It's time to set some misguided SWFL small business owners straight. When we say everybody listens to Fort Myers radio, we mean everybody. Generations X, Y, and Z. Baby boomers, and, yes, the millennial generation.
You know...millennials. Those are the "kids" who came of age at the turn of the millennium (which is, debatably, either 2000 or 2001). This means 18-34 year olds.
In the Fort Myers metro (Collier and Lee Counties counties) 196,800 millennials make-up exactly one-third of the population and will deliver $6.6 billion to local cash registers.
But here's the thing about millennials that many SWFL small business owners get wrong: millennials listen to the radio. Almost all of them. 94.6% of them to be exact.
Despite a proclivity for all things digital, significantly more millennials tune-in to Fort Myers radio each week than watch local TV or visit streaming audio sites such as Pandora or Spotify.
To be clear, SWFL millennials aren't casual radio listeners. They spend almost 2 hours per day, every day, glued to their favorite Fort Myers radio stations.
Why Millennials Prefer Listening To Fort Myers Radio Stations
There seem to be three reasons why younger consumers gravitate to a 98-year-old medium instead of choosing from among the horde of new media options:
1. New music discovery. Despite the abundance of digital music services including iTunes, iHeart, Pandora, Spotify, and YouTube, consumers still depend on local AM/FM radio stations to find their next favorite band or song. A recent study by Nielsen found that 72% of all new music discovery happens on AM/FM radio stations. No other source comes close.
2. News/Information: The first regularly scheduled radio broadcast in 1920 was a news program. It was heard primarily by young hobbyists who could build their own radios.
Flash forward, to 2018. Millennials, according to Nielsen, spend more time engaging with radio news content every month, than with TV news services or digital news services.
3. In-Car Listening. According to Nielsen, 71% of SWFL millennials use a car every day to commute to work. Their average daily .time spent commuting is 56 minutes. A recent study by Edison Research, reveals that 66% of radio listeners tune-in exclusively in their cars and nowhere else.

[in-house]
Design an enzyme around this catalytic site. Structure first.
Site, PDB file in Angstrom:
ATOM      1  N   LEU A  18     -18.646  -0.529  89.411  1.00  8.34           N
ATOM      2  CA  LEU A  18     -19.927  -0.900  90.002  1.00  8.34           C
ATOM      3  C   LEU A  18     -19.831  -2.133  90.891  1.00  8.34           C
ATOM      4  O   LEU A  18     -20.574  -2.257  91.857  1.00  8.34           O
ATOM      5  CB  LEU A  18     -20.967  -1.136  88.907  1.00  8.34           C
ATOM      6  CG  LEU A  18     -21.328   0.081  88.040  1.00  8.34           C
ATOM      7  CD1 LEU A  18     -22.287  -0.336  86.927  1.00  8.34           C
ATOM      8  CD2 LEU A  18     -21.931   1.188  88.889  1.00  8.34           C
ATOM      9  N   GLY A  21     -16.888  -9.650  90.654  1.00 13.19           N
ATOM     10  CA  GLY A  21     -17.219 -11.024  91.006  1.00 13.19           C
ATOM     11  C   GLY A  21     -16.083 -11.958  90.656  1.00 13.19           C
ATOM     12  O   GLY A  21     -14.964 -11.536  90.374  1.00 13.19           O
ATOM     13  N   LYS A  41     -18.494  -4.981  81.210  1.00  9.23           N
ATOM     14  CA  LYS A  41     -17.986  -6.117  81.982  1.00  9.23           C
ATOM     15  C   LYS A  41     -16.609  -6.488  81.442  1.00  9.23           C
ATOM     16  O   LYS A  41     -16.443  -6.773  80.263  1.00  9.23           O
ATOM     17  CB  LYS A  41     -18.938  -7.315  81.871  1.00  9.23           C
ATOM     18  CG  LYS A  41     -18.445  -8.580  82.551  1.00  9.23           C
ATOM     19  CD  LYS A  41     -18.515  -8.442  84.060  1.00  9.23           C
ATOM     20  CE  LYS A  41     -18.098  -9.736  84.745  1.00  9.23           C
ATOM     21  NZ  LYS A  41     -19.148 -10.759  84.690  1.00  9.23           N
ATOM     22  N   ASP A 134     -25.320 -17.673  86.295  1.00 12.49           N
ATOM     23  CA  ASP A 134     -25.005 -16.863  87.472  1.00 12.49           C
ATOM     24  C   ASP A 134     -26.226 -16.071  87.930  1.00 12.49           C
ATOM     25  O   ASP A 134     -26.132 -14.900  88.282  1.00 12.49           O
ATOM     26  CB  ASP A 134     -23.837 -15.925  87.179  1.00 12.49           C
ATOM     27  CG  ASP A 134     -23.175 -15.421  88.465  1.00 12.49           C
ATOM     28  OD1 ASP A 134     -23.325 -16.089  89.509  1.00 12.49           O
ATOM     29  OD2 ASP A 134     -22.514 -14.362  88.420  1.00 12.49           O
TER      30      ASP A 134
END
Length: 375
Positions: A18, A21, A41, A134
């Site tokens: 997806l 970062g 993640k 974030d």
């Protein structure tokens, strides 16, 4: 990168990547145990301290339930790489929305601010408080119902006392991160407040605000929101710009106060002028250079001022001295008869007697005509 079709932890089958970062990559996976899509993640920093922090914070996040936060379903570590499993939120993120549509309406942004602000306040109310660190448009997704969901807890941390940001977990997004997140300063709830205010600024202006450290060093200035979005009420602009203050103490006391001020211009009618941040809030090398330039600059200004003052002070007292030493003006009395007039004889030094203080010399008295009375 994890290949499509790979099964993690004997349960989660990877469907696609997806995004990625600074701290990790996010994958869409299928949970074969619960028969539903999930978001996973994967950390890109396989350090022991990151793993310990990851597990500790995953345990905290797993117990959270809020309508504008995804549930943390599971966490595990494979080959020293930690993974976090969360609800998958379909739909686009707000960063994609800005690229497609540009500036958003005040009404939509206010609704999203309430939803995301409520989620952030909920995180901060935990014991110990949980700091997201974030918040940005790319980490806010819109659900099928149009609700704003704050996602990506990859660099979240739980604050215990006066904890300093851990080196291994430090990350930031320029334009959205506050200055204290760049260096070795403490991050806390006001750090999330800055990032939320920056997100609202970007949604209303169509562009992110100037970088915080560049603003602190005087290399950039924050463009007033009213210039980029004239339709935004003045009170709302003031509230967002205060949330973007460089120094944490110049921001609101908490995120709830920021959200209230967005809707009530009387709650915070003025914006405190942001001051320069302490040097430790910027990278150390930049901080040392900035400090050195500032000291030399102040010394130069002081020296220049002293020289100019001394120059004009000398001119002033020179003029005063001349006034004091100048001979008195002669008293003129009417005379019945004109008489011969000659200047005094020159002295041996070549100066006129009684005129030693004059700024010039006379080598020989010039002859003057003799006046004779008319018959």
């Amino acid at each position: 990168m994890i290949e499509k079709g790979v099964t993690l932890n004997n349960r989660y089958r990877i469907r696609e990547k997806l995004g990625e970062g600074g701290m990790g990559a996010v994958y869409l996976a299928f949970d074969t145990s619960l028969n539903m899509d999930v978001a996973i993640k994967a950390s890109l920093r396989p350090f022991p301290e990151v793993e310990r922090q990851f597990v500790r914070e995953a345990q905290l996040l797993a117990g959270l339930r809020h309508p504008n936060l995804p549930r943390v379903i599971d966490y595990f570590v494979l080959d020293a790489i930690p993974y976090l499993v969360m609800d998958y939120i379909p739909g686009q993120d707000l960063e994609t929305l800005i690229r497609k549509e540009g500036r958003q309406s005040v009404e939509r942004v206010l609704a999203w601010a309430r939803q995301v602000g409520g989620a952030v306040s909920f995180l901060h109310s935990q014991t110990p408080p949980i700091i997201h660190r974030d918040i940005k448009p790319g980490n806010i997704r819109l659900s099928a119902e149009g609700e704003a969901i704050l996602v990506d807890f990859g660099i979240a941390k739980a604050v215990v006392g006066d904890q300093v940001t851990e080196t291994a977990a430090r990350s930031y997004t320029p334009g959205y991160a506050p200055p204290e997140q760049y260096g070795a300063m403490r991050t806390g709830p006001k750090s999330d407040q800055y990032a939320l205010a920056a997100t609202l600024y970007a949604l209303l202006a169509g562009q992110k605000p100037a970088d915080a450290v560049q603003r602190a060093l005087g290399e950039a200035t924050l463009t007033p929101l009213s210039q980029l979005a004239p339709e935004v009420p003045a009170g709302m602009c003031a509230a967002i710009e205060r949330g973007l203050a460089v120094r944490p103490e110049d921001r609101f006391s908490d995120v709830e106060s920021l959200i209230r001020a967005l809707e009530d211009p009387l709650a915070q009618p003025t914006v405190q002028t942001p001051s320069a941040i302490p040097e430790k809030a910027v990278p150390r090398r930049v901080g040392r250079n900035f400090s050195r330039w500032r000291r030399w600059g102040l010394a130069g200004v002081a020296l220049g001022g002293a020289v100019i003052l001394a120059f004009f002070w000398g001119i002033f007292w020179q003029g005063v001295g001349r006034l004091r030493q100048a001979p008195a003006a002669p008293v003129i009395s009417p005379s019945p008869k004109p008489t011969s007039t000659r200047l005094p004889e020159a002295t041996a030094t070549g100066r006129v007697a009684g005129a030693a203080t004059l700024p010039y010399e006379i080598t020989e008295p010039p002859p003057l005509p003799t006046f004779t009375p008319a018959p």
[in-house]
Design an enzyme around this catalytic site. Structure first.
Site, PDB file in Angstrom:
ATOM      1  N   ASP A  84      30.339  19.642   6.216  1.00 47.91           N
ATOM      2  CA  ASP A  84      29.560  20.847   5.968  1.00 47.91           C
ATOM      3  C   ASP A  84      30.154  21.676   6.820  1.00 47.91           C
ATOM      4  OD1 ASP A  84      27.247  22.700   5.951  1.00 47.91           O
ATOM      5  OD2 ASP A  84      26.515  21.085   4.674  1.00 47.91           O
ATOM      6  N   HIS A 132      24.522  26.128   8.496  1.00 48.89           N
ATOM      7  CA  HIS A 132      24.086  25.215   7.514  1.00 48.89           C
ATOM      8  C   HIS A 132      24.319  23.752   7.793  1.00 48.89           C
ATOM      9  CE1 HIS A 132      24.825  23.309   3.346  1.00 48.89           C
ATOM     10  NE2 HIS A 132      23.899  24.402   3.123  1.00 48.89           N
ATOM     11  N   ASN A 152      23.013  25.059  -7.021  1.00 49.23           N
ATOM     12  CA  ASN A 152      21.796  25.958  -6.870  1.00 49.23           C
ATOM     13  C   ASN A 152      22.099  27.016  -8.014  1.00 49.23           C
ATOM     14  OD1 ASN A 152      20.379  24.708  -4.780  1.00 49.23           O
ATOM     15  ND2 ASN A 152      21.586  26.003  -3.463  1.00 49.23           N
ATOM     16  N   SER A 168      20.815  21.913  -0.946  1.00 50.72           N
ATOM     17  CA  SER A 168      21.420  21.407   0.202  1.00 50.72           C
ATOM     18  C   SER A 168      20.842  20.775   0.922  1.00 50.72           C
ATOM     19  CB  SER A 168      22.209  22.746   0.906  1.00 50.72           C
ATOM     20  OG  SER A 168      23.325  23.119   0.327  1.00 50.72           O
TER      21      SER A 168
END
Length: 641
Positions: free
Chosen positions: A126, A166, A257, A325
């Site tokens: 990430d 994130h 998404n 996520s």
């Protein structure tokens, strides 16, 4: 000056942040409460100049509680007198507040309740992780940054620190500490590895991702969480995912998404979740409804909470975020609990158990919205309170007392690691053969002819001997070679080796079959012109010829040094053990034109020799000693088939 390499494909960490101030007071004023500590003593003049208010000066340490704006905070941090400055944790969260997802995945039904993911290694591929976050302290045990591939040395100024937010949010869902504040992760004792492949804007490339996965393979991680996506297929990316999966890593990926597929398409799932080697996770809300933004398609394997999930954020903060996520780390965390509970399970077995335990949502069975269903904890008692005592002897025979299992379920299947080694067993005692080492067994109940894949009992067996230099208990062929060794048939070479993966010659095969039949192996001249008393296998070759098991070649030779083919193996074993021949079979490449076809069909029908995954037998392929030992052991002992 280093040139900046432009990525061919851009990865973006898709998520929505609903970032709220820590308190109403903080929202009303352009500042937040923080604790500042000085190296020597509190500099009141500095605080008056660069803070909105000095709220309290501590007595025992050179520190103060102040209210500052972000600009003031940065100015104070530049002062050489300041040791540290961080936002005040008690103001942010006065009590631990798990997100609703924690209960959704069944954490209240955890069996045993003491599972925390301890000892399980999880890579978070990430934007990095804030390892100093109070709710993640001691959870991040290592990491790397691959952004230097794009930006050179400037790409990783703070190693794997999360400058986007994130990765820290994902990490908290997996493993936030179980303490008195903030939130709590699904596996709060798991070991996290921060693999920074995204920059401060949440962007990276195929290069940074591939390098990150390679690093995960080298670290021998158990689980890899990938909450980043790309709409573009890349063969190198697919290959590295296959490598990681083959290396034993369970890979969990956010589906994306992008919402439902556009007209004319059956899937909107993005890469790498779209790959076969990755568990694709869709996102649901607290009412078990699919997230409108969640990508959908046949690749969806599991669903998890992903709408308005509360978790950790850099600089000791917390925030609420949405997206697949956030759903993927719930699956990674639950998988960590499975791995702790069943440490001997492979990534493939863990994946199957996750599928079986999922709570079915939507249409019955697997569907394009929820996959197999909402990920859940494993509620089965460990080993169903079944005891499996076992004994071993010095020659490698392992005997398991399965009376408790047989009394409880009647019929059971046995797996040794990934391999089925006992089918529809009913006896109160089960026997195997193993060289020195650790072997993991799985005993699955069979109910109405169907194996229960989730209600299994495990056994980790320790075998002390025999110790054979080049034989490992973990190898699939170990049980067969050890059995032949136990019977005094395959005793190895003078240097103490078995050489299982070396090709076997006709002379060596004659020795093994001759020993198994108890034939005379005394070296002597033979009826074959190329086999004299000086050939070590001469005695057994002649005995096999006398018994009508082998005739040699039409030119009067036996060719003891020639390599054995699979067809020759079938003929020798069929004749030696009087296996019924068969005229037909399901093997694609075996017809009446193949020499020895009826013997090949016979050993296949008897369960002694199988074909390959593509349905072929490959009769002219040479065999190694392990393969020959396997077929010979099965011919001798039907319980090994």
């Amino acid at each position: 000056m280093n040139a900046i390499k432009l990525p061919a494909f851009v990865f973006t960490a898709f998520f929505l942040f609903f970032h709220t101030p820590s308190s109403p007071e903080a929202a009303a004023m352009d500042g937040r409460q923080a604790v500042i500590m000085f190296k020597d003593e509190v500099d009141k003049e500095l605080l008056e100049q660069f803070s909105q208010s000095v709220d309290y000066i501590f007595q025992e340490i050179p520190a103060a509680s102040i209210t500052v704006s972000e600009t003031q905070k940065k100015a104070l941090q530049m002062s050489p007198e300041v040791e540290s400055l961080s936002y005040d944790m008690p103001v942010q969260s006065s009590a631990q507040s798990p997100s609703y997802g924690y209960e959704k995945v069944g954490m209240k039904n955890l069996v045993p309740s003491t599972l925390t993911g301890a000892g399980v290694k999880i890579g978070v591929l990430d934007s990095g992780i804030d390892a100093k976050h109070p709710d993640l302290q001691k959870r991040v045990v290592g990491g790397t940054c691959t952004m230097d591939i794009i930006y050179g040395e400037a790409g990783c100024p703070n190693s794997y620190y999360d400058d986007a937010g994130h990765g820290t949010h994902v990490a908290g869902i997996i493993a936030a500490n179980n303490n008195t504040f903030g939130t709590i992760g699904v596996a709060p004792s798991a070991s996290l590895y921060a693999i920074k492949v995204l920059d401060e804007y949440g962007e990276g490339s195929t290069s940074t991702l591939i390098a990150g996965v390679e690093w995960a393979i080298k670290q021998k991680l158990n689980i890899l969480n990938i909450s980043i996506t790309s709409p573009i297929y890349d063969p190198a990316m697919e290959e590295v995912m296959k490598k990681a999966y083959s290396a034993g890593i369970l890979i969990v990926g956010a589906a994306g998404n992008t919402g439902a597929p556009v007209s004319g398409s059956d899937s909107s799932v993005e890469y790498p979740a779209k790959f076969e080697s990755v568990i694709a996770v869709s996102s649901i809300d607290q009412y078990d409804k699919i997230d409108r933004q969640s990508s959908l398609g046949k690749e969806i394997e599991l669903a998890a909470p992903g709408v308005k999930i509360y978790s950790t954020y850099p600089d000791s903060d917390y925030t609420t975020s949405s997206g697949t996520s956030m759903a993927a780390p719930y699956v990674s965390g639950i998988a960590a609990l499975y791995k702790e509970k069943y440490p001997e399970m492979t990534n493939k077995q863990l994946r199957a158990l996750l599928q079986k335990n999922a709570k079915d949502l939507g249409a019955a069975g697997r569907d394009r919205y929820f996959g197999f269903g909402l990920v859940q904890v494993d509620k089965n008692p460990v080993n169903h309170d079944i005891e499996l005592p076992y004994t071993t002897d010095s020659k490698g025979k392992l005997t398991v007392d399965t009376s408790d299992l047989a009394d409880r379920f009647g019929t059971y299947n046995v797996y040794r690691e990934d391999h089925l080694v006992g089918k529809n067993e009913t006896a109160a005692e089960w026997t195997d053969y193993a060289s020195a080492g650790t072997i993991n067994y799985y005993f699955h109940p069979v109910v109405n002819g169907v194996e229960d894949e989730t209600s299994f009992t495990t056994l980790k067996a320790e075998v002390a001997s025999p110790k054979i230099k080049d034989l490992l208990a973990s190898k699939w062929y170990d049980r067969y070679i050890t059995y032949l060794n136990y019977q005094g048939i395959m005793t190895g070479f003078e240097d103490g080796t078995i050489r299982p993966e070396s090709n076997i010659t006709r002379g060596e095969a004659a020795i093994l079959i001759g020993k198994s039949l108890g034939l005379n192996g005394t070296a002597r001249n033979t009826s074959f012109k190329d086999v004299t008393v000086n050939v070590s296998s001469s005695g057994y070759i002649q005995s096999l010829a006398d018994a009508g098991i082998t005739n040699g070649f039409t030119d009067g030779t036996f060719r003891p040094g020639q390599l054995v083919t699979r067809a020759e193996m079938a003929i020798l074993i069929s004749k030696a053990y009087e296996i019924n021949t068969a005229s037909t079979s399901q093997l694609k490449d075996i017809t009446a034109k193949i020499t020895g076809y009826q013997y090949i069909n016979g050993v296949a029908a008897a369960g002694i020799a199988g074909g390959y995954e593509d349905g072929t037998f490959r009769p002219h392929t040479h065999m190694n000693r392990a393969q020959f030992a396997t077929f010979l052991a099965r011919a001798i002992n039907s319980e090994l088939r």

Millennials Respond To Radio Ads
In July of this year IPSOS, a global research company examined how advertising affected Amazon's sales during the 36 hours of Amazon Prime Day. To collect data, IPSOS surveyed 2,010 Americans 18 and over with an online survey during and after the event.
According to Pierre Bouvard, Chief Insights Officer at Westwood One, the company that commissioned the study, among all adults who were aware of Amazon's Prime Day radio advertising, 25% made a purchase.
The radio ads, among this broad audience, delivered about as well as online ads, and 13.6% better than television ads.
Where radio really delivered for Amazon was among millennials. Thirty-eight percent of this audience that was aware of the ads on local radio made a purchase during the Prime day event. Radio performed 18.7% better than online ads and a whopping 22.5% better than TV ads.
A similar study conducted a few years ago demonstrated identical results. When media and marketing expert Doug Schoen saw the results, he was amazed.
"The implications of results like these," said Mr. Schoen, "are profound for the communications and advertising industries and as a marketing professional with over 35 years of experience, I found this data nothing short of fascinating. It’s quite clear that we should all be paying more attention to radio, its reach and potential to help our businesses. It’s doing the job with expert efficiency."